The Daily Tar Heel

Serving the students and the University community since 1893

Wednesday February 8th

Faculty Athletics Committee talks student-athlete admissions

Stephen Farmer, vice provost for enrollment and undergraduate admissions, said student-athletes are subject to the same admissions processes as other students and are also subject to additional scrutiny.

“The Advisory Committee on Undergraduate Admissions is not in charge of that responsibility, neither is the Committee on Special Talent, neither is any other faculty or any other administrator,” he said. “By University policy, the admissions office makes admissions decisions, and that’s true for student-athletes, no less for any other student.”

Farmer said there has been a significant decrease in the number of student-athletes admitted with predicted grade point averages of less than a 2.3 from 2006 to 2015. According to Farmer’s data, 29 out of 157 students in 2006 had predicted GPAs below 2.3, compared to only nine out of 152 in 2015.

“Different people can have different opinions about this change, of course, but these are the facts,” he said. “They’re apples to apples comparisons from year to year.”

He said these trends mean the framework for predicted GPA has higher standards than in the past.

“If you look at the trend lines of all these and you stack them up one to the other, they tell a story,” Farmer said. “And I think what they tell is that there is a story here of progress over the long haul, not over the last year, not over the last two years, but for a long time.”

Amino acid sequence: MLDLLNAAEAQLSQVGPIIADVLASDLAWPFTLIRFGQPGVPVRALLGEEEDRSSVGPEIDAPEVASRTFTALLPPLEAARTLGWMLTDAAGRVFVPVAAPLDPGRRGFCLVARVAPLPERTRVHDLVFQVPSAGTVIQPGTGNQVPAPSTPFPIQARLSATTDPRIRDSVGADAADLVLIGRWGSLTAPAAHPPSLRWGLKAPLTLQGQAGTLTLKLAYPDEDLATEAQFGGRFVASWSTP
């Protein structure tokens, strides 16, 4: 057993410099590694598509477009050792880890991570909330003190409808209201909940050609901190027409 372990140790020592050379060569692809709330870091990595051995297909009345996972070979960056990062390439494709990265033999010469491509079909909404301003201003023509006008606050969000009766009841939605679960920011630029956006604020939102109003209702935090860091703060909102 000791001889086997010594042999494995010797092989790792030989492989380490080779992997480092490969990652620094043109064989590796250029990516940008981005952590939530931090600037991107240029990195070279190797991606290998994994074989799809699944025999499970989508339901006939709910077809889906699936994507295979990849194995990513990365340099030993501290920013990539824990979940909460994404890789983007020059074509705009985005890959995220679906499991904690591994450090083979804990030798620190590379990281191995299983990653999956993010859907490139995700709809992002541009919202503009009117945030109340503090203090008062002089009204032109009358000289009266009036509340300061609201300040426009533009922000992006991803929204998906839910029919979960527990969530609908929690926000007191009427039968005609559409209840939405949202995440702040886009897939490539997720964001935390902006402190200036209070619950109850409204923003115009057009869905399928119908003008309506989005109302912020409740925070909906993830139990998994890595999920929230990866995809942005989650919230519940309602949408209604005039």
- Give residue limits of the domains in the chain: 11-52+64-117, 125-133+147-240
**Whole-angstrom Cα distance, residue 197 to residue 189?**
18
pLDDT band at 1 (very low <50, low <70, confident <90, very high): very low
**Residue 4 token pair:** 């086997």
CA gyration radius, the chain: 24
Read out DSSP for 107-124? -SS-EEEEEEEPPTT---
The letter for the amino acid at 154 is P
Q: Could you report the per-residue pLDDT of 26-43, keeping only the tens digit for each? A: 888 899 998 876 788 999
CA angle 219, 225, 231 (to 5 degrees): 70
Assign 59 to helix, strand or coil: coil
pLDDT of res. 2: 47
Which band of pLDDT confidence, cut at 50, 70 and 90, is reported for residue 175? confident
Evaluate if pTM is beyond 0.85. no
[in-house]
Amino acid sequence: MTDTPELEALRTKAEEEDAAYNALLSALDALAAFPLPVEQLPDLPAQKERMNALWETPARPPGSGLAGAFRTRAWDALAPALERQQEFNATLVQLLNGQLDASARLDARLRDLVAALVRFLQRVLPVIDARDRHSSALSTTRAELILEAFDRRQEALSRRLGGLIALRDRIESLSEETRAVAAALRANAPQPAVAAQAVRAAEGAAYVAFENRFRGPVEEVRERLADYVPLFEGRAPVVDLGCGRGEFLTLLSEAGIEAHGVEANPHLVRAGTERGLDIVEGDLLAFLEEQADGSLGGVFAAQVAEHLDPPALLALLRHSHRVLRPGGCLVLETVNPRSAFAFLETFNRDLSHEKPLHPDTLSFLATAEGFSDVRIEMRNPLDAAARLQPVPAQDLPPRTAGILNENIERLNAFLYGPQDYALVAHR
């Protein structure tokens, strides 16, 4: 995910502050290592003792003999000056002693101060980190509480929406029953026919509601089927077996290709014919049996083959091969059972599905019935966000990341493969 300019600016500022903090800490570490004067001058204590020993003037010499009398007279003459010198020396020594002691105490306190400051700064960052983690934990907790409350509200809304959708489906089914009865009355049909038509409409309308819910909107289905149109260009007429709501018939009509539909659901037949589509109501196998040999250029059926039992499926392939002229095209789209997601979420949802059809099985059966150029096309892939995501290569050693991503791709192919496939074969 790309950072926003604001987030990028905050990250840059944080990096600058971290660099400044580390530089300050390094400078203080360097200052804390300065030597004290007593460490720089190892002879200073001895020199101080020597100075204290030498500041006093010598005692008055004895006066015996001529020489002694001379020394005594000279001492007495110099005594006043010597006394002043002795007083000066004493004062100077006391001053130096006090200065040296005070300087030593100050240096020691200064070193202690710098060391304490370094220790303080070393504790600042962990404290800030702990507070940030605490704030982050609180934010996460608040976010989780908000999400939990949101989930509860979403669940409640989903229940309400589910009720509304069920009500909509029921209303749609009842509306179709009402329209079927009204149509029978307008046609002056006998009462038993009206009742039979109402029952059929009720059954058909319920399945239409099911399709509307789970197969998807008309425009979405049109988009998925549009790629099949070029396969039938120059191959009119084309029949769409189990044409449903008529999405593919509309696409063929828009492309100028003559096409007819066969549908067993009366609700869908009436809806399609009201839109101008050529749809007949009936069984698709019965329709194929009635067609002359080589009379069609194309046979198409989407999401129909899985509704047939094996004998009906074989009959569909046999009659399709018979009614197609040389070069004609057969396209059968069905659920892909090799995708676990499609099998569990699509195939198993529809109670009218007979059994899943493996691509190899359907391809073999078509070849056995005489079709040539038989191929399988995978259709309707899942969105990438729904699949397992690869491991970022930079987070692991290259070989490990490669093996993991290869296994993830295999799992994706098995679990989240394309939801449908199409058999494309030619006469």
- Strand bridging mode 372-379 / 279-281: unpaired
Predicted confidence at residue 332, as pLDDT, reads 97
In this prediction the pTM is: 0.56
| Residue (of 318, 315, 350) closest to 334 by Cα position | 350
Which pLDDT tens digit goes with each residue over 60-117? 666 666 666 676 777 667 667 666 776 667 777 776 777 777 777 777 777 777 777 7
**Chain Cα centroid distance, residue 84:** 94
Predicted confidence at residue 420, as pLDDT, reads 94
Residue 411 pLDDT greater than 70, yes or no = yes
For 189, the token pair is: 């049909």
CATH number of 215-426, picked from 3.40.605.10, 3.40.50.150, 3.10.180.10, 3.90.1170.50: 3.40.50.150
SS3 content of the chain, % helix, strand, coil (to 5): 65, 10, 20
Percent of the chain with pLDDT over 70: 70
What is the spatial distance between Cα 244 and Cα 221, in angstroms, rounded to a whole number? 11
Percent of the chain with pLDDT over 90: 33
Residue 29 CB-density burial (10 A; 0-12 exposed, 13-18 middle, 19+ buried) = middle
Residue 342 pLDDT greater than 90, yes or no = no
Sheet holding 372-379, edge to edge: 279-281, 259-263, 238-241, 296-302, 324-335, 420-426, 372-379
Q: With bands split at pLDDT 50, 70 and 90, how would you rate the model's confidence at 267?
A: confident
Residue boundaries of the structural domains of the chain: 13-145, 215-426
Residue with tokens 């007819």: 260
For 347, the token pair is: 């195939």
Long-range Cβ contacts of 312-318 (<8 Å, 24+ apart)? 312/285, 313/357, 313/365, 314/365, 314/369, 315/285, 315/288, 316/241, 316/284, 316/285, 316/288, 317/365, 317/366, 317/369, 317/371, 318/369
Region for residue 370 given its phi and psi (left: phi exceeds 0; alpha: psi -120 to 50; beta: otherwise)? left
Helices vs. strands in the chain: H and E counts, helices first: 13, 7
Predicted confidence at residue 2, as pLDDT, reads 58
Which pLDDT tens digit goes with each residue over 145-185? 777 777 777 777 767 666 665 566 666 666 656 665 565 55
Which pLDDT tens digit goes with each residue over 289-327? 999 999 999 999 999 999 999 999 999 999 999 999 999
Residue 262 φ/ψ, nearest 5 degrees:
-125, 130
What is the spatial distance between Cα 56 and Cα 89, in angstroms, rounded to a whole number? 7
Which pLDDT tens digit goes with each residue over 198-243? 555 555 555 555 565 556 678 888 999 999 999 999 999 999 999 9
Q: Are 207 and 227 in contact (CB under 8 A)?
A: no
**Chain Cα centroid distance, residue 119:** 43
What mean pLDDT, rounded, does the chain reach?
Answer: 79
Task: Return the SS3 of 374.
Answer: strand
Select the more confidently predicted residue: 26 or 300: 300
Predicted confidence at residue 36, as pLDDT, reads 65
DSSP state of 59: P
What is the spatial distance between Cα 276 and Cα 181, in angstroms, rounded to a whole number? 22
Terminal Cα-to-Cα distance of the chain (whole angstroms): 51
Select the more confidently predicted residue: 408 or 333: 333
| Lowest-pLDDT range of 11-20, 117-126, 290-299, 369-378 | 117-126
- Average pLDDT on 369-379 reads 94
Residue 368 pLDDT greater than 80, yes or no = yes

Faculty Athletics Committee chairperson Joy Renner said she is pleased with the trends in admission.

“I think we like the structure and process that’s in place. We’re holistically evaluating individuals for success at Carolina, so I think everybody feels strongly that that’s a move forward,” Renner said.

The committees then moved to closed session for about 30 minutes as they discussed data regarding specific students.

“I also feel personally just very responsible for students,” Farmer said. “I am reluctant to yield information about them that people might feel would compromise their safety at the University, compromise the experience they have here.”

After resuming open session, Beverly Taylor, a member of the Undergraduate Admissions Advisory Committee, said she doesn’t think GPA can be representative of students’ educational experiences.

“It’s kind of arrogant to say somebody with a 2.2 GPA isn’t getting an education,” she said.

Andrew Perrin, a member of the Faculty Athletics Committee, disagreed, stressing the importance of examining GPA and finding patterns among students.

Farmer said he was happy with the current trends.

“I feel great about how things are going,” Farmer said. “I feel great about the students we have here and I’m proud of them. I’m glad that they chose UNC.”

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